Last October, I wrote a post about my wife’s involvement with Ordain Women and their initial appearance in the standby line at General Conference, requesting entry to the General Priesthood Session. It’s a short post, and you should read it for context here.

For Our Daughter

At the time, my wife and I had not begun trying to have kids, so the daughter I invoked was a hypothetical future.  Now, she’s what you might call a biological reality.

A very wiggly baby girl.

A very wiggly baby girl.

Well, another General Conference is here, and for a second and final time, Ordain Women will be on Temple Square, demonstrating their faith with their feet and with their mouths. There is little doubt that this year’s attempt will be substantively different. A few weeks ago, a little-known employee in the church’s Public Relations department issued a letter to Ordain Women in response to their request for session tickets. Besides inaccurately characterizing the action as a protest, alluding to a dialogue that hasn’t taken place (then accusing OW supporters of detracting from it), and suggesting that the hundreds of faithful LDS women take up camp with those who seek to destroy the church, the letter took the profound liberty of declaring women’s ordination to be “contrary to doctrine”.

It’s that statement I wish to pick a bone with.

First, it is solely the province of the First Presidency of the church to “declare doctrine”. This is an irrefutable fact of church policy and is, itself, a doctrine of the priesthood. President David O. McKay said, point blank, that it is preeminently the office of the first presidency to establish the doctrines of the gospel. He made that statement to the twelve when a young seventy named Bruce R. McConkie published a book brashly titled Mormon Doctrine. President McKay was appalled. On his first perusal, the prophet declared it to be “full of errors” and assigned two Apostles to make a comprehensive list of errors. They identified 1,067 of them.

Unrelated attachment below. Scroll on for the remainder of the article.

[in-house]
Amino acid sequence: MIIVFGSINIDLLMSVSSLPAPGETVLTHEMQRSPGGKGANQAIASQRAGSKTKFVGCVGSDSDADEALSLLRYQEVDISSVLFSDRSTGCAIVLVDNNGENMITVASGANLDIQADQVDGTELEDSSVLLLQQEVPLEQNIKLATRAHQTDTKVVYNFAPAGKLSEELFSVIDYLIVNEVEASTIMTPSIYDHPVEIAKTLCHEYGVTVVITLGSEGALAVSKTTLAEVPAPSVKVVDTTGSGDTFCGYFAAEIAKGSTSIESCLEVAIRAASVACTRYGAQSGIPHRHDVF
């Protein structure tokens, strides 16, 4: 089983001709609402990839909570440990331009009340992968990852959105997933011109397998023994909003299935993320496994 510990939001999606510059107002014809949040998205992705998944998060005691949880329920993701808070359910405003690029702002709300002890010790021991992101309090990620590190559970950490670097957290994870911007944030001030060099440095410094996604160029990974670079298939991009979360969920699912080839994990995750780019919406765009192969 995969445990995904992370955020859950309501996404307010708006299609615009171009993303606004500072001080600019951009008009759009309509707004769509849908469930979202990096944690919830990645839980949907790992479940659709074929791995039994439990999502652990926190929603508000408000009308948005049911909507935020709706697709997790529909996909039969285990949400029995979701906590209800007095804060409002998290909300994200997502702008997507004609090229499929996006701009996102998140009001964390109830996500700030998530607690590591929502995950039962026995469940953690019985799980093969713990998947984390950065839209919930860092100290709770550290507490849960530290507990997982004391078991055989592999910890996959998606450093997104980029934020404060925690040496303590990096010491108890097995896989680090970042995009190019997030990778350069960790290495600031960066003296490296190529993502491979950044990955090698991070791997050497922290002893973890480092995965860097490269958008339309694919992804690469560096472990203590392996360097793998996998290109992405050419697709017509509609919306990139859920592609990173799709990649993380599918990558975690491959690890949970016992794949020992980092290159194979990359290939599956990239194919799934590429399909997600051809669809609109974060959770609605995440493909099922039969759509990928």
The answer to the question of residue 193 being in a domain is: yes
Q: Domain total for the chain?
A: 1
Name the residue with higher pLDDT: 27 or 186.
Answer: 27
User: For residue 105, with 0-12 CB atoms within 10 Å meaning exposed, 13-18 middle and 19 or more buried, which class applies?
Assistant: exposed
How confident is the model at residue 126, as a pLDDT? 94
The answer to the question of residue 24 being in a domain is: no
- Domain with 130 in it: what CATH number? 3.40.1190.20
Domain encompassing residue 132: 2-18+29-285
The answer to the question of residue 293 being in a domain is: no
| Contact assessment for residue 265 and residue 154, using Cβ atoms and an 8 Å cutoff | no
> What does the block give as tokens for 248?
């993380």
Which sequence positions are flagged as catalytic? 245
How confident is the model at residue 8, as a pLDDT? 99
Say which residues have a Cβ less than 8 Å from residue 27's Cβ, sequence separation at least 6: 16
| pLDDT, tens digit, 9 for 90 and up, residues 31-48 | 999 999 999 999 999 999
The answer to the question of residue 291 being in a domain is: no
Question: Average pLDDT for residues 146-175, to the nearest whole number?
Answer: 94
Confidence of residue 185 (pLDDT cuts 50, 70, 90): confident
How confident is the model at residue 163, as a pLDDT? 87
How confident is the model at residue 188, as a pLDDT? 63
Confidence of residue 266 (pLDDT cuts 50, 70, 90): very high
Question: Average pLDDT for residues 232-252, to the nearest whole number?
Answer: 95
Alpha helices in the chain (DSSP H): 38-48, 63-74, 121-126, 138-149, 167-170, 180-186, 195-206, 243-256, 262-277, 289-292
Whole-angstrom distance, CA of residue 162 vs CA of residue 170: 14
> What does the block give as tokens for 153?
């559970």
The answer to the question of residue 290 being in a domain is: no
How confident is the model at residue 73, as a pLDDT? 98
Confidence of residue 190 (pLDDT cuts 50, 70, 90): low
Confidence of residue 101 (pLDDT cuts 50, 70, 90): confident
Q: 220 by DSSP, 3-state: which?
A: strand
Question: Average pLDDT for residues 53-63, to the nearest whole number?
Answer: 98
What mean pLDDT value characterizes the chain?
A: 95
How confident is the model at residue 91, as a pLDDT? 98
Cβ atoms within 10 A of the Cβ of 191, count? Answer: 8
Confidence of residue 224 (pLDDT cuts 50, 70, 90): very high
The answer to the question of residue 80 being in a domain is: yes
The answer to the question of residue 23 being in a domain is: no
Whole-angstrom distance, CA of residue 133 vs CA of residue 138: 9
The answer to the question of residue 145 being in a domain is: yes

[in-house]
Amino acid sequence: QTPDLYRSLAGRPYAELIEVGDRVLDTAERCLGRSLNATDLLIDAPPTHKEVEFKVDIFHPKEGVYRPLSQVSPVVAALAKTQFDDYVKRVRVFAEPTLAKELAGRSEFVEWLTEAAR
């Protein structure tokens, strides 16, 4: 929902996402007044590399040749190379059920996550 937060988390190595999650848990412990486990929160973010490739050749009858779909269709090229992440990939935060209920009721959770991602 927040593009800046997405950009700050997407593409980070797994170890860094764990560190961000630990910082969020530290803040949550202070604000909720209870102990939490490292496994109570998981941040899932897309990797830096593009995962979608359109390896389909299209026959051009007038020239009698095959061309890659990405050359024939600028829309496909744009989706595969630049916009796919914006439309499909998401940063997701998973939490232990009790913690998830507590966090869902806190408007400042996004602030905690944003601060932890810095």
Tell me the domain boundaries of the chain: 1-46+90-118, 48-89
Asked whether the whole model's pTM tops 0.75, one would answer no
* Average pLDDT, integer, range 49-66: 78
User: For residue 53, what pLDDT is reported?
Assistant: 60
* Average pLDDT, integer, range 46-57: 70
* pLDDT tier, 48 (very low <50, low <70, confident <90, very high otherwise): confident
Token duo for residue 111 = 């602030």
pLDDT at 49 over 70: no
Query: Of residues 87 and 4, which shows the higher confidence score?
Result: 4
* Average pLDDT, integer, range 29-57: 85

1st Edition of "Mormon Doctrine"

1st Edition of “Mormon Doctrine”

McConkie’s chastisement was conducted in private, as his father-in-law (Joseph Fielding Smith) was an Apostle. President McKay made him promise not to issue a new edition. Unfortunately, the general membership of the church went positively ape-$#!+ over a book that claimed to authoritatively settle doctrinal questions, and the volume sold phenomenally. McConkie later broke his promise to President McKay, issuing a new edition, with most of the same “errors” present while McKay was still alive. The church continues to be beset by McConkieism to this day, because despite its known errors, Deseret Book was hesitant to stop publishing one of its best-selling volumes until mid-2010.

Ordain Women is often accused of not understanding the revelatory order, but they understand it better than most. They seek a declaration on this subject from precisely whom they ought to expect it–the only body authorized in Zion to speak to the matter. They understand the nature of church-wide revelation and know that it only comes after much fasting and prayer, and if our history is any indication, after much tribulation. They do not expect an answer overnight, but they do want it to become a priority… a matter of prayerful discussion and consideration. Ironically, the PR employee who declared OW’s cause to be contrary to doctrine is, herself, a woman. Institutionally speaking, she has less authority to declare doctrine than my twelve year old nephew. Perhaps it is cynical of me, but I think the church enjoys a distinct advantage in having these patent declarations come from a woman and, also, from someone with no governing authority. In the church, sadly, those things are one and the same.